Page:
Friday, February 23, 2018

1976 Gibson J45/50 "The one that got away..."

Hello and welcome back to Mississippi Son Guitars!

Jason here with another guitar blog. This week we take a look at a 1976 Gibson J45/50 that I let get away. Yes, for me, this was "The One That Got Away".

What an amazing guitar. I can't describe the sound but if I had to put it in words; the sound vibrated your chest and sounded so great it made you want to play constantly, inspired you to sing and write song

This particular example was extremely nice with only minor scratches from use. I had to let it go in 2017 to help at the house. The serial number was 00169938 and if you come across it please contact me! I'm trying to get it back! Last known whereabouts was Brookfield, Wisconsin USA but with today's global economy it could be anywhere.

Gibson only made the J45/50 model one year in 1976 which was just a combination of the two model numbers on both the natural and the sunburst. Of course the J45 was the sunburst finish but all guitars shared the same J45/50 stamp on the back of the headstock.

The guitars from the 1970s generally get a bad wrap and this era from Gibson is known typically as the "Norlin Era". At the end of 1969, it was actually E.C.L. Industries, Inc. who took control of Gibson via CMI. Gibson remained under control of CMI until 1974, when it became a subsidiary of Norlin Industries. Some even extend the start of this "bad quality/tone killing" era to 1966 when Rendell assumed control of the company. The big difference was Gibson made a few design changes such as moving to a double x bracing on the top. The additional bracing was to cut down on warranty issues with the bellying of flat tops; however, the result was most of the guitar tops loosing their ability to vibrate. The general consensus is this was detrimental to the tone which is why this era of guitars is typically less desirable when compared to their round shouldered counterparts. The market pricing generally reflects this opinion. The good news not all guitars from this era were bad.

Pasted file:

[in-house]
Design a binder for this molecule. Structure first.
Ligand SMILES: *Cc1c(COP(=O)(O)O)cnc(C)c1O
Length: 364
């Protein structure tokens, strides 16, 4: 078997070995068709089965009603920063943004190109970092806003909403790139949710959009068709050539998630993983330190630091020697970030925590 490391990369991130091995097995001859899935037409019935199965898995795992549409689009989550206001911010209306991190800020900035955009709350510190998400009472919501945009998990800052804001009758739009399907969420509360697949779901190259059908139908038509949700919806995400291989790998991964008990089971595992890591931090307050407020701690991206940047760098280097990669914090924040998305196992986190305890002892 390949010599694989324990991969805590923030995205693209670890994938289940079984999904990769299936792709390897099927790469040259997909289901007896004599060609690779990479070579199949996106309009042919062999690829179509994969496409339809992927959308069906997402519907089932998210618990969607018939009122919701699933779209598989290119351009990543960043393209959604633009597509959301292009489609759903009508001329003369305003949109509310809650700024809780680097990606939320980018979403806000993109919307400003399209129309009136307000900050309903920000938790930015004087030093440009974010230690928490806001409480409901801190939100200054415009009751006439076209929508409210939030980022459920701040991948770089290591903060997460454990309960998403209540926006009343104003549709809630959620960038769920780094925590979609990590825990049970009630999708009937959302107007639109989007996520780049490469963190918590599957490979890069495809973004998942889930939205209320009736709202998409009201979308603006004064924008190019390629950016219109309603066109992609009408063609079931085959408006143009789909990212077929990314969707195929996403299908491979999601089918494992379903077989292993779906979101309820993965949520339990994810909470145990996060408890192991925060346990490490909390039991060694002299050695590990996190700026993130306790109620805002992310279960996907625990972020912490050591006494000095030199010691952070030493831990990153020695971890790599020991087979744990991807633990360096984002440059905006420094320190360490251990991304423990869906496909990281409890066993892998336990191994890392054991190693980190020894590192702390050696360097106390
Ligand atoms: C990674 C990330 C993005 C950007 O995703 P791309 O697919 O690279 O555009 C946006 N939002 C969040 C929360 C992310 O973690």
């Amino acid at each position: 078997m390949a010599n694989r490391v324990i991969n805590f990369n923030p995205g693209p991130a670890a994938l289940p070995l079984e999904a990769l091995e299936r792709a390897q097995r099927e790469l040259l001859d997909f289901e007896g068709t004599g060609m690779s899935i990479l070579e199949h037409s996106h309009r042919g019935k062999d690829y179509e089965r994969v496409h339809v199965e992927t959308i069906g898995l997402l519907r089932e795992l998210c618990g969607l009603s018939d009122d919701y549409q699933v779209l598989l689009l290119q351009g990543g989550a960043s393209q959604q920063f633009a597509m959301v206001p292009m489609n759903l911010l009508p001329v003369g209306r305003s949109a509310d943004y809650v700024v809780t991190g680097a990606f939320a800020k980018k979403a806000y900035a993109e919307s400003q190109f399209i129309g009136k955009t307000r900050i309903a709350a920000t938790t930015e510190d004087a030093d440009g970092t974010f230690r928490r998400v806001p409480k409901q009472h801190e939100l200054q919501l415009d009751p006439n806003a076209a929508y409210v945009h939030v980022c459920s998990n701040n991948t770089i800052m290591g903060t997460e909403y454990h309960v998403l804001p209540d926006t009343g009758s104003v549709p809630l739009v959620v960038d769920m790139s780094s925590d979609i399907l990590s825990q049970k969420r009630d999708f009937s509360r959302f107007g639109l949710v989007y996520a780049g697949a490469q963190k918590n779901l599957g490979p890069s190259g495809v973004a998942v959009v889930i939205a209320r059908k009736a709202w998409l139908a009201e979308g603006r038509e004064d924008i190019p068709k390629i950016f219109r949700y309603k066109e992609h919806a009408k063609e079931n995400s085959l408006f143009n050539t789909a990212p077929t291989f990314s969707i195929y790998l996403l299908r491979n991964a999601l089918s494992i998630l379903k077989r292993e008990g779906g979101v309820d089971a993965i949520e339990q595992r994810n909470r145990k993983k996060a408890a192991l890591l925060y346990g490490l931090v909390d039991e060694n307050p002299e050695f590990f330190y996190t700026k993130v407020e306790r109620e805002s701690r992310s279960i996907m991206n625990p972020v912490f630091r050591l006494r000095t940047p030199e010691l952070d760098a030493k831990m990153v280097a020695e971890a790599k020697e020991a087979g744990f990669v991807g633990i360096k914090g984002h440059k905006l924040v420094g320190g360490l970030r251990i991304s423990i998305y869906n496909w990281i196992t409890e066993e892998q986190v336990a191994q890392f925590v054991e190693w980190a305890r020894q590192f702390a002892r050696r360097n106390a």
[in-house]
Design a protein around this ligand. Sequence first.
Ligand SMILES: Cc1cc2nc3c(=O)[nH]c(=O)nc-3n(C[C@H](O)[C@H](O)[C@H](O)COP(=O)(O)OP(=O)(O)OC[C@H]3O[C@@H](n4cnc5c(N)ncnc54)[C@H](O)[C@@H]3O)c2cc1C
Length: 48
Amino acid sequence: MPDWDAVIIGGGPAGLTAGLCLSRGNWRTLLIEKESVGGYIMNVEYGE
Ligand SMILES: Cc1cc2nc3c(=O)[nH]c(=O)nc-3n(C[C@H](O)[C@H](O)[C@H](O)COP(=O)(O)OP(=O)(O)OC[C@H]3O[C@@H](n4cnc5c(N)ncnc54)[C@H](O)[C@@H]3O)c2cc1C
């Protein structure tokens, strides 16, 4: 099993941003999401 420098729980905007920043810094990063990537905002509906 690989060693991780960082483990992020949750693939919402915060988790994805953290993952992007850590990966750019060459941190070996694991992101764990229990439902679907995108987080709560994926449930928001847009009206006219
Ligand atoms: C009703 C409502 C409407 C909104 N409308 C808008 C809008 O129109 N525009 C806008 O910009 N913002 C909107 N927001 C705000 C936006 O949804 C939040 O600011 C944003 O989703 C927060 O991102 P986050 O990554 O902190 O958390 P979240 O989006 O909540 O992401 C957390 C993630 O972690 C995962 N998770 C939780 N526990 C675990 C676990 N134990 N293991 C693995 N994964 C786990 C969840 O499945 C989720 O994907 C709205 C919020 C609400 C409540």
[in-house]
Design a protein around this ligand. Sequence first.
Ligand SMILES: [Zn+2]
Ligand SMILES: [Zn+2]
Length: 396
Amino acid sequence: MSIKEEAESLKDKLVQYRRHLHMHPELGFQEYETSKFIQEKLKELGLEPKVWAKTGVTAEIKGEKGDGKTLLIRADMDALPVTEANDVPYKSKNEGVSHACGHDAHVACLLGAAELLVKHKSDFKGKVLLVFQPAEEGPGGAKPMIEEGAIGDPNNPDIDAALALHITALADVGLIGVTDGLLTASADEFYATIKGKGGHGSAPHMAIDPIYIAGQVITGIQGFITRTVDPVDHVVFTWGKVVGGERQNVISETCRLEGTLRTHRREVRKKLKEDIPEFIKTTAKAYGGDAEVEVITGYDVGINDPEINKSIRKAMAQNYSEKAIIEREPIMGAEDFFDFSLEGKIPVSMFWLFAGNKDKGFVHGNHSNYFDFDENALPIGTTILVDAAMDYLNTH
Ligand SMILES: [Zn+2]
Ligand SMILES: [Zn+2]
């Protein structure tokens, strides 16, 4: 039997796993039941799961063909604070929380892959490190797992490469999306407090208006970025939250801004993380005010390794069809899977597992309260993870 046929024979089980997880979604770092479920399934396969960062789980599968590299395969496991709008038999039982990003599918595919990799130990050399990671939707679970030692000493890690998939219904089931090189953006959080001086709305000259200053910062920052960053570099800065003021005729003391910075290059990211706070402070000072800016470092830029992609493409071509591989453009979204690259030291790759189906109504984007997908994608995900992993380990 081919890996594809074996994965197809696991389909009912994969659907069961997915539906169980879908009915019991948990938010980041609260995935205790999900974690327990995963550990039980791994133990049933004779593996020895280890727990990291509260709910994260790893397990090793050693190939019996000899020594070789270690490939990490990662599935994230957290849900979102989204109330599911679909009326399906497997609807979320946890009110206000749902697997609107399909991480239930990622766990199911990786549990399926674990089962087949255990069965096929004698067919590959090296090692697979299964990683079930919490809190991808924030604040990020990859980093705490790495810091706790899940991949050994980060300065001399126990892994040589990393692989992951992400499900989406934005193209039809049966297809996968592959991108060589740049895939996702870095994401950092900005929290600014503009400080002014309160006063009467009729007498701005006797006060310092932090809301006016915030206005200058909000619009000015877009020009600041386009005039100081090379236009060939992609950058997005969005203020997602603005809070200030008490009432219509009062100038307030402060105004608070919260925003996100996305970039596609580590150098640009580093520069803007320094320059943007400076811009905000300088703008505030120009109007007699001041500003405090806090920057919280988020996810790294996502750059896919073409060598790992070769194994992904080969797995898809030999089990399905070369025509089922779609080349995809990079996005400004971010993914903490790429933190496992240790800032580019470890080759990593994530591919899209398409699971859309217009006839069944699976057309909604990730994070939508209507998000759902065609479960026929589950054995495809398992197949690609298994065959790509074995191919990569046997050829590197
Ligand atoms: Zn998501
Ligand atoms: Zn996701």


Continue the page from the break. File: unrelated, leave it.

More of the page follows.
Gibson's quality has fluctuated throughout the years and there are gems to be found. Go to the nearest guitar store and play any guitar; a few of the same model if you don't believe me.
Now back to this exceptional guitar.

The guitar features a double bound solid mahogany back and sides with a solid spruce top in natural finish. It has a rosewood bridge with black bridge pins, a tortoise batwing style pickguard and a multi ring ivoroid rosette with two stripe ivoroid puddling. The neck is a 3 piece maple neck with white side dots and pearl dot inlays and a rosewood fingerboard. The nut width is 1 11/16 with a 24 3/4" scale length. It has a black headstock overlay with gold Gibson logo and deluxe Gibson tuners.

As of this post, the market value ranges from $900 for good player grade guitars up to $1500 for pristine models like this one.  I hope you enjoyed this blog! Come back next week for a new post and another guitar!

Jason "Mississippi Son"
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1 comment:

  1. IF you have seen this guitar send me a message! Thank you!